Ondo State Governor Rotimi Akeredolu has voiced his support for the call to revert Nigeria back to the 1963 constitution.
Akeredolu dropped this on Wednesday in his remarks at the opening of the zonal public hearing on the proposed alteration in the provision of the constitution, held in Akure, the state capital.
The governor said the ongoing process to amend the constitution must get the seriousness the task deserved.
Doing a critical analysis of all the previous and the current constitutions, he spoke highly of that of 1963 saying, “The current attempt at constitution amendment should be taken beyond the usual jamboree conceived and executed to arrive at the predetermined result. This country has been experiencing constitution review since 1922 when the colonialists pretended to give a semblance of representation in our affairs.
“The 1946 Richard’s Constitution followed due to agitations of the people who clamoured for more representation. The Macpherson’s of 1951 and Lyttleton’s of 1954 followed the same pattern. The 1958 Conference held in London gave provenance to the Independence Constitution of 1960. The 1963 Constitution retained Regionalism and upheld the principle of autochthony, an organic development of the law using local experiences.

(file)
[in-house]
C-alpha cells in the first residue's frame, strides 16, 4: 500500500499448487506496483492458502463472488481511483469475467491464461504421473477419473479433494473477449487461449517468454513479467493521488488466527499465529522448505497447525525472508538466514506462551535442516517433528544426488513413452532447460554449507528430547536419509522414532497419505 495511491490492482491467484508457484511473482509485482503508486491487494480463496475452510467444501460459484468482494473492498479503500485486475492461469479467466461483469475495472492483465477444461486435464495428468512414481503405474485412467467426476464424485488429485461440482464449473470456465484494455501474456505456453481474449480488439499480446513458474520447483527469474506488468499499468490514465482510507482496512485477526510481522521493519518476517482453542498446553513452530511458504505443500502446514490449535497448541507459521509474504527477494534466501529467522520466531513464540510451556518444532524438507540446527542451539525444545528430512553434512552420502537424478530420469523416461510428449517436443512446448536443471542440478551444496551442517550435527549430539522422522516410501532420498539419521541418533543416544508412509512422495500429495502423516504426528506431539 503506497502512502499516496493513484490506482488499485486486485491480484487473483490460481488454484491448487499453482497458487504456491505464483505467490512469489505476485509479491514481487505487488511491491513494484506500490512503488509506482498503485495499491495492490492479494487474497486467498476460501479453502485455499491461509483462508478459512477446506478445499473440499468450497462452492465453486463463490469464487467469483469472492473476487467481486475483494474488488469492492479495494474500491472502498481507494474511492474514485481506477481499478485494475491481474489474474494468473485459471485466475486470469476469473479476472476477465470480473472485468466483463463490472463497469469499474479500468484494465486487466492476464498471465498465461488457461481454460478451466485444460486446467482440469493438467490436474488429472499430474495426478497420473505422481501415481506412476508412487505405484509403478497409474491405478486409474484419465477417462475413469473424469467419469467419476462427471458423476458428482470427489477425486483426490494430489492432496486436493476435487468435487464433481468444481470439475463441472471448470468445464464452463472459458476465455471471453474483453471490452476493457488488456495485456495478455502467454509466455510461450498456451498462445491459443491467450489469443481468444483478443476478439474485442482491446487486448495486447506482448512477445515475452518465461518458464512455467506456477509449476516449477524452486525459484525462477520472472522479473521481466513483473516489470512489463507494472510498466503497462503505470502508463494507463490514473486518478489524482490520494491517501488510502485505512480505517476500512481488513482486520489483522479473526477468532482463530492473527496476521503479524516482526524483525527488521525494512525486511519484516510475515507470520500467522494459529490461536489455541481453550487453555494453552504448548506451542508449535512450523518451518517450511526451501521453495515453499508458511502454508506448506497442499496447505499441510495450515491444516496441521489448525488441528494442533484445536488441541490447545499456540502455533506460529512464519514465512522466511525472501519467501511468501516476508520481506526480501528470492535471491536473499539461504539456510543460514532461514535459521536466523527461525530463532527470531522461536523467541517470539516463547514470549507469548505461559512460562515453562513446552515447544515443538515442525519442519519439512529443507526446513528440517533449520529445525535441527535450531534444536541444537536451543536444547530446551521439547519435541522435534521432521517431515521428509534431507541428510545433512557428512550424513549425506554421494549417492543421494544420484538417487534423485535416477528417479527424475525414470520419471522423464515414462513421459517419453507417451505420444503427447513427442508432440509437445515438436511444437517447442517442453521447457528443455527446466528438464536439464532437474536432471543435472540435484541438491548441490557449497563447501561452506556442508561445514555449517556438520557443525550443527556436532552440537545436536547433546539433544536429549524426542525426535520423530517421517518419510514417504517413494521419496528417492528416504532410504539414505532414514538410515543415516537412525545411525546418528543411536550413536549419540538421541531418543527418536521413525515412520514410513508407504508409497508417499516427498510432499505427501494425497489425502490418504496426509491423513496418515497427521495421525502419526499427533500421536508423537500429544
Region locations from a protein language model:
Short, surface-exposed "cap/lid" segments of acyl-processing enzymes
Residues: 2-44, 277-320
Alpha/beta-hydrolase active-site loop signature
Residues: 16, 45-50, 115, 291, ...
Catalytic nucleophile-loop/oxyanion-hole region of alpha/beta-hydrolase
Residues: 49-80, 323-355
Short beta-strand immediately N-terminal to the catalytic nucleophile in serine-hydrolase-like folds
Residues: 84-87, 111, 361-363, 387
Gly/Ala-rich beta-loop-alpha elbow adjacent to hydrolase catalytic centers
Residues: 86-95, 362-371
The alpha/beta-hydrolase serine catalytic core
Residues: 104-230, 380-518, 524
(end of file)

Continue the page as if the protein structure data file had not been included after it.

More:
“The republican status of the country was reflected. Each Region had considerable latitude to blossom at her own pace. There was devolution of powers in the true sense of the term. This was the period when even outsiders noticed the potential greatness of the nascent post-colonial country. The major provisions which allowed the three regions which existed before independence were retained in the 1963 Constitution. That remains the best document for a country as heterogeneous as Nigeria.
“It was the best practicable guide towards nationhood. Unfortunately, the military coup of 1966 destroyed that when it abolished regionalism and created the so-called provinces while imposing a unitary system on the country.”